Volume IX, Number 3

The CanAm Generics
by Doug Breithaupt

Sometimes, a toy car mystery just seems to keep building until it demands attention. The curious case of the CanAm generic race cars is just such a mystery.

The CanAm racing series of the late 1960's and early 1970's was a great success. CanAm, for Canadian/American offered racing manufacturers like Porsche, McLaren, Lola and others an opportunity to produce cars with amazing power, unlimited by horsepower rules that governed other racing series. The Porsche 917 CanAm racer had over 1000 h.p. on tap. many toy car makers produced small-scale examples of CanAm racecars, correctly identified and in authentic racing colors. This is not a story about those realistic models.

For some reason, major toy car companies like Matchbox, Mattel, Corgi and Kenner decided to offer generic CanAm racers. What makes this curious is that in the early 1970's, licensing was not a major issue or expense for these companies. In fact, most all four were already producing authentic racecars. Kenner offered a Porsche 935 and Ferrari 512BB racers in their Fast 111 series. While they were given gimmick names instead of the company names, they were still easy to identify as specific racecars. Hot Wheels had done Ferrari, Ford, Lola, Porsche and Chaparral racecars. Matchbox had Ford and Porsche models while Corgi offered Porsche, Ferrari , Ford and Austin Healey racers. Clearly, licensing was not a problem when it came to doing racecars. Why then did these companies decide to do generic models of CanAm cars? Siku, Ertl, Polistil, Galgo, Zylmex, Yat Ming and others all did CanAm racers that clearly matched a real car. Why would larger toy car companies not do the same?

Matchbox produced their #56 Hi-Tailer in 1974. The graphics were much like the L&M sponsored Porsche 917 but replaced the 'LM' with an 'MB' and 'Team Matchbox' instead of 'Porsche'. The chromed engine reads 'ZOOM' on the valve covers of the V8. The shape is quite close to the Porsche 917 CanAm racer as well.

Corgi offered a generic model called 'CanAm Racer', so there was no question what they wanted the association with this successful racing series. The racing graphics are more generic than what Matchbox did and the car is less distinctive as well. It has a V8 engine based on the number of velocity stacks but is otherwise impossible to identify.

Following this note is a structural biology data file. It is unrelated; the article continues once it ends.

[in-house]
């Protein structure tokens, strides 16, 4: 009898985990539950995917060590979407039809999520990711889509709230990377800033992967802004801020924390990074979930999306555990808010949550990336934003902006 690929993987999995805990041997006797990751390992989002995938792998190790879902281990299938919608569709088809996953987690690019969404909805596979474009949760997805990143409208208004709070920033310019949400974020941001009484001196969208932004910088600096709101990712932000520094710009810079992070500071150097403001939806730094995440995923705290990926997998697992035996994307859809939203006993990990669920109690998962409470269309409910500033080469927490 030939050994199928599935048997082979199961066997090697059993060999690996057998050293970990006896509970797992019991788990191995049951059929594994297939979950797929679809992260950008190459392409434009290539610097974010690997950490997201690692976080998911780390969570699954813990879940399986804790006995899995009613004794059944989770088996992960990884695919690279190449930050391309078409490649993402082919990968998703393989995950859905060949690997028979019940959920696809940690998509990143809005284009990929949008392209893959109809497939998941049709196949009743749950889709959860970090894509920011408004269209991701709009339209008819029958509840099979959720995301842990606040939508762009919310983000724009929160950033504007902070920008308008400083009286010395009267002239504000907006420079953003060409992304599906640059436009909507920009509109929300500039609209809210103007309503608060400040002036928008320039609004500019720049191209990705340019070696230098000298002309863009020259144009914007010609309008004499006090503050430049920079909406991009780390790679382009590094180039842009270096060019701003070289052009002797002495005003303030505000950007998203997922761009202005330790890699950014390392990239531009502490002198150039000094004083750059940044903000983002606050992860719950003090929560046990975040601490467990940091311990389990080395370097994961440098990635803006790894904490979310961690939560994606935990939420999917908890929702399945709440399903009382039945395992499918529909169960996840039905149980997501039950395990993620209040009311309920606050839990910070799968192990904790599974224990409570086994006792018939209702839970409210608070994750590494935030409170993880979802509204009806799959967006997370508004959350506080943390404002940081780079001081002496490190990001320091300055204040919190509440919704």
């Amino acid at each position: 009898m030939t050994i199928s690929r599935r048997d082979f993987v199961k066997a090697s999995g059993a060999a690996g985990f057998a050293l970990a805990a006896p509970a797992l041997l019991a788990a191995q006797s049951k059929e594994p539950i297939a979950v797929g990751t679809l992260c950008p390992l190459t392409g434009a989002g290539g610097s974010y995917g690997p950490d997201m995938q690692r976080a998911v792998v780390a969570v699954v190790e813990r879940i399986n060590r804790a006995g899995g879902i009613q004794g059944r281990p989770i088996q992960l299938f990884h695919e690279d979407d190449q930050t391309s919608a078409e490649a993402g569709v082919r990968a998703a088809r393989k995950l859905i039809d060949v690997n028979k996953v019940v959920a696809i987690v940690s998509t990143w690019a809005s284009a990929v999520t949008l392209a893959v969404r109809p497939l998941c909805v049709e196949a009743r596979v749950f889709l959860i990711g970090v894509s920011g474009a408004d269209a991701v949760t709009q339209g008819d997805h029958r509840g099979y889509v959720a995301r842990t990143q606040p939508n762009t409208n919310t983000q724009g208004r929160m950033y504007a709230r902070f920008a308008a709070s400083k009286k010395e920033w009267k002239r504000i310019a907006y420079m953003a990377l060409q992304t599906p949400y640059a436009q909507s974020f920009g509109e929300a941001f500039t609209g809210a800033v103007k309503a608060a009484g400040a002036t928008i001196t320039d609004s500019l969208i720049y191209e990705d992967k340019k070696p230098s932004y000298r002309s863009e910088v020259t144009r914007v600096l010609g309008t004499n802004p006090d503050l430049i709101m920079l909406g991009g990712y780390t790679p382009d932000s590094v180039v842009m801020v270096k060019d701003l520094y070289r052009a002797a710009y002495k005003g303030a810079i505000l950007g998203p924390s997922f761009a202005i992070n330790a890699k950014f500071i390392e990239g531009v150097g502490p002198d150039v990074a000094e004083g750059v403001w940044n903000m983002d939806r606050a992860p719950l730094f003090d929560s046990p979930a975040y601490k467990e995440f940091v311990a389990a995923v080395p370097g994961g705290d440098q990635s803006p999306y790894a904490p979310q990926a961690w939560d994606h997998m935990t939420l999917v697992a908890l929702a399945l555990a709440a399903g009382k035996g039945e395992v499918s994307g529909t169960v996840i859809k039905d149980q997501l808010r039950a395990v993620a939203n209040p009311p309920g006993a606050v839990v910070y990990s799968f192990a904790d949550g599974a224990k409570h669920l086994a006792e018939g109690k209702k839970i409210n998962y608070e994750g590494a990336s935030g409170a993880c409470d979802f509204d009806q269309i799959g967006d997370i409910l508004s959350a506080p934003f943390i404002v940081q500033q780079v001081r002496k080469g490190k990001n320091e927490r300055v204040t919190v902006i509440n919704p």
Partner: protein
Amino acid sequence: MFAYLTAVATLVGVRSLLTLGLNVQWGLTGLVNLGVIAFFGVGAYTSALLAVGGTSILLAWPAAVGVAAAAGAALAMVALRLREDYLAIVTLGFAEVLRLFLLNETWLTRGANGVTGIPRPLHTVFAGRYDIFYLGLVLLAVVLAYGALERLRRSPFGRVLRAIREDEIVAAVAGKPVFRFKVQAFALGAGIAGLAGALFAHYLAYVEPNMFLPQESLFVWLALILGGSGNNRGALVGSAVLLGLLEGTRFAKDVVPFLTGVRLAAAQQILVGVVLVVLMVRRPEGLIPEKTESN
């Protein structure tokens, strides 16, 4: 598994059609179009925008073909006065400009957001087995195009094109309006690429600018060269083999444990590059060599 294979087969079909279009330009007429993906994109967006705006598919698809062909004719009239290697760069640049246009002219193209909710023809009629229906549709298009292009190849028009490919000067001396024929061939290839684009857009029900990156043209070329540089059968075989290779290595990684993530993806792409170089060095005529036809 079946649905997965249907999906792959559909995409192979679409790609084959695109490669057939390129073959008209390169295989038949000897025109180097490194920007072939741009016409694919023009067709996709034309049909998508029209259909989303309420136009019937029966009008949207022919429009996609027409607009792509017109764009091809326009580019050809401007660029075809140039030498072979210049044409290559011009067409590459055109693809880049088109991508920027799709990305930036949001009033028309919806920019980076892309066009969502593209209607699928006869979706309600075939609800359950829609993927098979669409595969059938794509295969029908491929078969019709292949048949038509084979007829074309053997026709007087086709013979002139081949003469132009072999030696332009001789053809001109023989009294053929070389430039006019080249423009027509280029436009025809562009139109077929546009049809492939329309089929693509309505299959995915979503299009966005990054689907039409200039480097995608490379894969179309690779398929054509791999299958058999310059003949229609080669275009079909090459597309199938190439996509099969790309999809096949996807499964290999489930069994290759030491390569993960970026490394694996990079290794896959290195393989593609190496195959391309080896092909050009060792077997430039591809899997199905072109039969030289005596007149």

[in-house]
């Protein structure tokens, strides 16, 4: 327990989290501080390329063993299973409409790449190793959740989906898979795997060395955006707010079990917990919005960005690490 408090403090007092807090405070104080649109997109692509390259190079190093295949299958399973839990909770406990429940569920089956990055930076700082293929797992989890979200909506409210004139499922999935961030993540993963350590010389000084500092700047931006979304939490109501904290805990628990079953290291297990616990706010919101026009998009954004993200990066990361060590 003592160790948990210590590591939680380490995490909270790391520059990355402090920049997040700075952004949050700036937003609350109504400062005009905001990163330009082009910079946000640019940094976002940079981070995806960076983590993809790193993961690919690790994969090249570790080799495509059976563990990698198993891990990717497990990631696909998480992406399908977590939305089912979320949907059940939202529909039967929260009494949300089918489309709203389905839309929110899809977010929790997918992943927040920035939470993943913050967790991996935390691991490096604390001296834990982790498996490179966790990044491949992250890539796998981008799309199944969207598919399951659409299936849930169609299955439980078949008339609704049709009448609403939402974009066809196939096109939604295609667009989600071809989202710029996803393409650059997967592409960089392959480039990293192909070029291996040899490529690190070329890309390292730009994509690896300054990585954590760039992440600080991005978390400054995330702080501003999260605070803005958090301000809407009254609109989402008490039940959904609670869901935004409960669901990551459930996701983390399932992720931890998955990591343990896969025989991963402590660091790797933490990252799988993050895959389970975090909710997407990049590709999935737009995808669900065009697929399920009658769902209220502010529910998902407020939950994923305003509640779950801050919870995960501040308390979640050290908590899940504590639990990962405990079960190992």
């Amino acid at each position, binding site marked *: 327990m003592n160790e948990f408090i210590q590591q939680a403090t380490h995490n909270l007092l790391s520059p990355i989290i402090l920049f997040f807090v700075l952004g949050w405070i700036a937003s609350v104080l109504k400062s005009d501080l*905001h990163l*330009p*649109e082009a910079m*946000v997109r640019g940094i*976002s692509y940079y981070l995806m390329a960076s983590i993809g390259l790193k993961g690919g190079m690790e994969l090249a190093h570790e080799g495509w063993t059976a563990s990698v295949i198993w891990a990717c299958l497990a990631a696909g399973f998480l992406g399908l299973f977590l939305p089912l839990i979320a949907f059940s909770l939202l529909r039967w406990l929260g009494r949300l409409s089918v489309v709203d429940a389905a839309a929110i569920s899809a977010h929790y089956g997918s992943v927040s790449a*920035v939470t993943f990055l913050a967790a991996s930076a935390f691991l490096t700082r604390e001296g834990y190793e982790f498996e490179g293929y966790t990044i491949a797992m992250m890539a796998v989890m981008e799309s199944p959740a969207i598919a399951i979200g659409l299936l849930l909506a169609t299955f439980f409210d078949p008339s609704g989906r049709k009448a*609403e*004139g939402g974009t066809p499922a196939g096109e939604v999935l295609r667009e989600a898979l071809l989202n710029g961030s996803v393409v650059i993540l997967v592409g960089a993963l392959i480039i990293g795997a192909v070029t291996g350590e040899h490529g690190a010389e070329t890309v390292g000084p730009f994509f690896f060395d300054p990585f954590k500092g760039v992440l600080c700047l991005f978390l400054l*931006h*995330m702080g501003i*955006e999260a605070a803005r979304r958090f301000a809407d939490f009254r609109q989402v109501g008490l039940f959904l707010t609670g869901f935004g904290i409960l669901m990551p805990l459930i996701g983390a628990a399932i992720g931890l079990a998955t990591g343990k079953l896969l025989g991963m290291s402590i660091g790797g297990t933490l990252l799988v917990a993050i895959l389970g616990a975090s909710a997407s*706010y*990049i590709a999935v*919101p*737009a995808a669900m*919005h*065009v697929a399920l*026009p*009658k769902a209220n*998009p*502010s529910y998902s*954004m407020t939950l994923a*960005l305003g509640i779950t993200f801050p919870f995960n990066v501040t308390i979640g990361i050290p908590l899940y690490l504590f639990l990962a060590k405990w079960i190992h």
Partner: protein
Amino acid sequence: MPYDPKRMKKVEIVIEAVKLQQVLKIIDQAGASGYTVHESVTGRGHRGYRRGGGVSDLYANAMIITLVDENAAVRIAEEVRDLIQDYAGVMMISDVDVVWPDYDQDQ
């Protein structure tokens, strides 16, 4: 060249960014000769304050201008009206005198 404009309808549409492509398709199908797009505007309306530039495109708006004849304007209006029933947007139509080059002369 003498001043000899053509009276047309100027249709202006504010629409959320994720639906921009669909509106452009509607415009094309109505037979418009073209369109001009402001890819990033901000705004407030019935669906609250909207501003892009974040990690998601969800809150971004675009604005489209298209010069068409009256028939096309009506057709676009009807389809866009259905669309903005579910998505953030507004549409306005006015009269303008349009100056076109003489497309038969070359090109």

American Victory

Steam Roller

Hot Wheels produced both the 'Steam Roller' and American Victory' castings in 1973. The 'Steam Roller' has the look of a McLaren M8A while the 'American Victory' is clearly inspired by the German Porsche 917 CanAm racer. Hot Wheels had done a correctly identified Porsche 917 LeMans racer in 1970 and a McLaren M6A in 1969. More recently, Hot Wheels did the Shadow Mk. II A CanAm racer in 1999.

Kenner produced their Fast III series in the early 1980's and many of the models represent real cars. Most have generic names and some are clearly fantasy cars. Their CanAm model is called the 'Cam Rammer' and shows inspiration from the Porsche 917 CanAm racer once again. It carries a V8 engine and includes a driver as do the Matchbox and Corgi models.

All the models shown here have seen plenty of play time and the two Hot Wheels have been re-painted. I have not made an effort to seek out mint examples. I'm never sure if I should display these examples with other authentic CanAm models or in a separate are of their own. I have the same problem with generic open-wheel and stock car racers. These same four companies also did other generic racecars from F1 to NASCAR so this trend is not exclusive to CanAm. Perhaps the real reason why they did this is because it was simply easier and cheaper to design a generic racer. They figured that kids would not really care anyway and perhaps they were right.